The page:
- At the end of Mockingjay, Annie has this from Finnick. (Katniss also finds it something of a consolation.)
- In Michelle Magorian's A Little Love Song/Not a Swan, Hilda, who is a nurse during World War I, falls in love with an injured soldier. They have sex just before he has to go back to war, and then he dies in battle. Even more heart wrenching in that when Hilda's brothers find out she's pregnant, they put her in a mental institution and force her to give up the baby for adoption as soon as he's born.
- Subverted in Robin McKinley's Beauty. Grace's father suggests that she and Robbie marry quickly and "get started on a baby" before he departs for his voyage, but both Robbie and Grace refuse, preferring to wait until he returns.
- In Robert Buettner's Orphanage the besieged Ganymede Expeditionary force have finally located the enemy base. Because it's on the other side of Ganymede and they are about to be overrun, their only hope is for their mothership to bombard the site the next time it overflies the target. The ship's captain Metzger confesses that their computers are out and that it'll be another orbit before they can take the shot, which will too late. The expeditionary force's CO then tells Metzger that Mrs Metzger, currently on the surface, is pregnant. Evacuating the rest of the crew, Metzger manually pilots the ship to crash into the enemy base, saving the expeditionary force and his unborn child.
- A Thread of Grace: Claudia and her fiance play this trope very straight at first. They get married, have sex (her first time), and he dies in an attempt to save the local townspeople. They even marry knowing that he's likely going to be dead by the end of the week. Tragically subverted in that the child is born premature and dies two days later.
- Inverted in Douglas Coupland's Girlfriend In A Coma, as Karen, the titular girlfriend gives birth while in a coma, giving her boyfriend someone to remember her by.
- Played with in The Enchanted Forest Chronicles, in that Cimorene's pregnancy was revealed well before there was any hint that anything would happen to Mendanbar, and that he's not actually dead, simply Sealed In A Can. The baby turns out to be a really good thing, though, since only a member of the royal family (which is currently quite depleted) can wield the sword and release him.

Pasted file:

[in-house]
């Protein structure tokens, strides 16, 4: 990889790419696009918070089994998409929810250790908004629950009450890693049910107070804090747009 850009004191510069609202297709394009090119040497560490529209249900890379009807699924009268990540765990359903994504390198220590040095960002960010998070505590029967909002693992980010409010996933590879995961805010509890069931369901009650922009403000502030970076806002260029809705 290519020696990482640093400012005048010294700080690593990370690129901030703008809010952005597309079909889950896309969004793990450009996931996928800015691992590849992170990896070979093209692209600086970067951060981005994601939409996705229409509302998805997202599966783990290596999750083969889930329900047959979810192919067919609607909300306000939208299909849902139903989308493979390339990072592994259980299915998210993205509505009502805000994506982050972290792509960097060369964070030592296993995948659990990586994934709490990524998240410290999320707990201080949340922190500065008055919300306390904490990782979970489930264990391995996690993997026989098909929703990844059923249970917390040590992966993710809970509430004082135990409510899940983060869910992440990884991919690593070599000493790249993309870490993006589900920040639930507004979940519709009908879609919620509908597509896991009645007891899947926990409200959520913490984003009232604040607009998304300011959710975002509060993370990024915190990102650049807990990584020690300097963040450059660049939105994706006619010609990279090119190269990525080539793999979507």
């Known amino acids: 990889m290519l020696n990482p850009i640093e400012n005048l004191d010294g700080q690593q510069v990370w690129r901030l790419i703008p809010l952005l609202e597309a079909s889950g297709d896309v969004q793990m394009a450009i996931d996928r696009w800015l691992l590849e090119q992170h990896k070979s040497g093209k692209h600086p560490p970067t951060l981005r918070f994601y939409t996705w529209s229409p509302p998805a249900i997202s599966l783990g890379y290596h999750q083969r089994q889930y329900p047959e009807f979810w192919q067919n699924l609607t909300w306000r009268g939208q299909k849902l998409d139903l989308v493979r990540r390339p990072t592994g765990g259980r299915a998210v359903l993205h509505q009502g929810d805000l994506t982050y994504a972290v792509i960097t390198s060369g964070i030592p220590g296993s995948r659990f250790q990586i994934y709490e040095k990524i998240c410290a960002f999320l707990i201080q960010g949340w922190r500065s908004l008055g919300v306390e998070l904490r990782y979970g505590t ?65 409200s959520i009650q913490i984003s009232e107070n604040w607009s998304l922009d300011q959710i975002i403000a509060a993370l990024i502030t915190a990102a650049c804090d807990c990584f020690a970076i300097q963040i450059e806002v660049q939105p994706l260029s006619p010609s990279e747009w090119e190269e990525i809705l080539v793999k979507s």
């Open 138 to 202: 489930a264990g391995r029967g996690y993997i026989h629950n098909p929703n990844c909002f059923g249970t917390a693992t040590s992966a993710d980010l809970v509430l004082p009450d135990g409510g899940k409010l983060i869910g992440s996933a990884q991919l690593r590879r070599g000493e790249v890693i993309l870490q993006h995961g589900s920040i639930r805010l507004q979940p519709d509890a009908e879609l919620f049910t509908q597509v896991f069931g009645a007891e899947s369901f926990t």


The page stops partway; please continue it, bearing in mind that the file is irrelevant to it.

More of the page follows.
- Anthony Trollope's Barchester Chronicles opens with Eleanor's husband having died between books, leaving Eleanor completely devestated. Until their baby was born. "And thus the widow's deep grief was softened, and a sweet balm was poured into the wound which she had thought nothing but death could heal."
- Malorie Blackman's Noughts and Crosses - a pretty big plot point towards the end, with a bit of a twist. Callum gets Sephy pregnant, and soon after gets arrested for terrorism and raping Sephy (the latter is a lie, it was consensual) but Sephy's dad, a high-ranking government official, offers them a choice: he will free Callum if Sephy has an abortion, or if she keeps the baby, Callum will be hung. They choose the latter, resulting in this trope and a Heroic Sacrifice of sorts from Callum.
- In The Witcher cycle, it appears at least some elves believe in it. Justified in that their numbers are limited, so those about to die make an attempt to remedy this. Possibly averted given low elven fertility, which could mean they see it as a variety of another trope, Last Dance.
- Time Scout: Carl's got a baby on the way.
- In Beyond the Summerland, the first book of L.B. Graham's The Binding of the Blade series, Joraiem is murdered right after the end of his and Wylla's honeymoon; in the epilogue, when they are bringing his dead body home to his parents, we find out that Wylla is pregnant with his baby.